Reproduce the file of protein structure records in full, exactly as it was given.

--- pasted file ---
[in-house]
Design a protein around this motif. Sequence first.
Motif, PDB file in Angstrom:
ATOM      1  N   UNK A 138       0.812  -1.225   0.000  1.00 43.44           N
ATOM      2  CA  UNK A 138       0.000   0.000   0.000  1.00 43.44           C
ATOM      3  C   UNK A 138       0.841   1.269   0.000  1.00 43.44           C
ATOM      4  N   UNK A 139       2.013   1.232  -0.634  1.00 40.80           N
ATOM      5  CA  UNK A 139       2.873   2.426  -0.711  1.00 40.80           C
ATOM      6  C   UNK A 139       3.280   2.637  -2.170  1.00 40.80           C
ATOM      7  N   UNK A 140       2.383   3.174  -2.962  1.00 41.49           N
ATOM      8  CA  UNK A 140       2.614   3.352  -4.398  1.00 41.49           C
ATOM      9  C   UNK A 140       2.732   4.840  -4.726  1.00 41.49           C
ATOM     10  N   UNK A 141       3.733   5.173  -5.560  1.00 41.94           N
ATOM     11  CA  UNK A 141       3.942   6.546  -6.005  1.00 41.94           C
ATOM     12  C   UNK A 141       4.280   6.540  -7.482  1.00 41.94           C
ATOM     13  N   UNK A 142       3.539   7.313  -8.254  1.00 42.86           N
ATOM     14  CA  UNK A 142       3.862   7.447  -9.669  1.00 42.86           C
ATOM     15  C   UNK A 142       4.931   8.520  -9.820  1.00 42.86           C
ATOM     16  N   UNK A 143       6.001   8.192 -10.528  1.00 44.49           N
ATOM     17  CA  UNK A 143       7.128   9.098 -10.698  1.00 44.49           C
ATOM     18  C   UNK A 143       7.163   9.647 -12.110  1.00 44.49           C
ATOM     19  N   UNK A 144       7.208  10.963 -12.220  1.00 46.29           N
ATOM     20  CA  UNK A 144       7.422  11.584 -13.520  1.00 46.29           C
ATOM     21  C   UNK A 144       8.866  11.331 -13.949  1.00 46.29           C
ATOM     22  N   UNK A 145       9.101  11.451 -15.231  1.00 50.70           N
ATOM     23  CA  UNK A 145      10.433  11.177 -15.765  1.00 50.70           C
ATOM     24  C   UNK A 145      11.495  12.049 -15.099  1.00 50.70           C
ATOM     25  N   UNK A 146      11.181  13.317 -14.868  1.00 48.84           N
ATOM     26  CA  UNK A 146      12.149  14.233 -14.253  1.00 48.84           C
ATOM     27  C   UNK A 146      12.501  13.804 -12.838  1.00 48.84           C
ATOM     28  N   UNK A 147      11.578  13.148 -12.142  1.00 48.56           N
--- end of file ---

[in-house]
Design a protein around this motif. Sequence first.
Motif, PDB file in Angstrom:
ATOM      1  N   UNK A 138       0.812  -1.225   0.000  1.00 43.44           N
ATOM      2  CA  UNK A 138       0.000   0.000   0.000  1.00 43.44           C
ATOM      3  C   UNK A 138       0.841   1.269   0.000  1.00 43.44           C
ATOM      4  N   UNK A 139       2.013   1.232  -0.634  1.00 40.80           N
ATOM      5  CA  UNK A 139       2.873   2.426  -0.711  1.00 40.80           C
ATOM      6  C   UNK A 139       3.280   2.637  -2.170  1.00 40.80           C
ATOM      7  N   UNK A 140       2.383   3.174  -2.962  1.00 41.49           N
ATOM      8  CA  UNK A 140       2.614   3.352  -4.398  1.00 41.49           C
ATOM      9  C   UNK A 140       2.732   4.840  -4.726  1.00 41.49           C
ATOM     10  N   UNK A 141       3.733   5.173  -5.560  1.00 41.94           N
ATOM     11  CA  UNK A 141       3.942   6.546  -6.005  1.00 41.94           C
ATOM     12  C   UNK A 141       4.280   6.540  -7.482  1.00 41.94           C
ATOM     13  N   UNK A 142       3.539   7.313  -8.254  1.00 42.86           N
ATOM     14  CA  UNK A 142       3.862   7.447  -9.669  1.00 42.86           C
ATOM     15  C   UNK A 142       4.931   8.520  -9.820  1.00 42.86           C
ATOM     16  N   UNK A 143       6.001   8.192 -10.528  1.00 44.49           N
ATOM     17  CA  UNK A 143       7.128   9.098 -10.698  1.00 44.49           C
ATOM     18  C   UNK A 143       7.163   9.647 -12.110  1.00 44.49           C
ATOM     19  N   UNK A 144       7.208  10.963 -12.220  1.00 46.29           N
ATOM     20  CA  UNK A 144       7.422  11.584 -13.520  1.00 46.29           C
ATOM     21  C   UNK A 144       8.866  11.331 -13.949  1.00 46.29           C
ATOM     22  N   UNK A 145       9.101  11.451 -15.231  1.00 50.70           N
ATOM     23  CA  UNK A 145      10.433  11.177 -15.765  1.00 50.70           C
ATOM     24  C   UNK A 145      11.495  12.049 -15.099  1.00 50.70           C
ATOM     25  N   UNK A 146      11.181  13.317 -14.868  1.00 48.84           N
ATOM     26  CA  UNK A 146      12.149  14.233 -14.253  1.00 48.84           C
ATOM     27  C   UNK A 146      12.501  13.804 -12.838  1.00 48.84           C
ATOM     28  N   UNK A 147      11.578  13.148 -12.142  1.00 48.56           N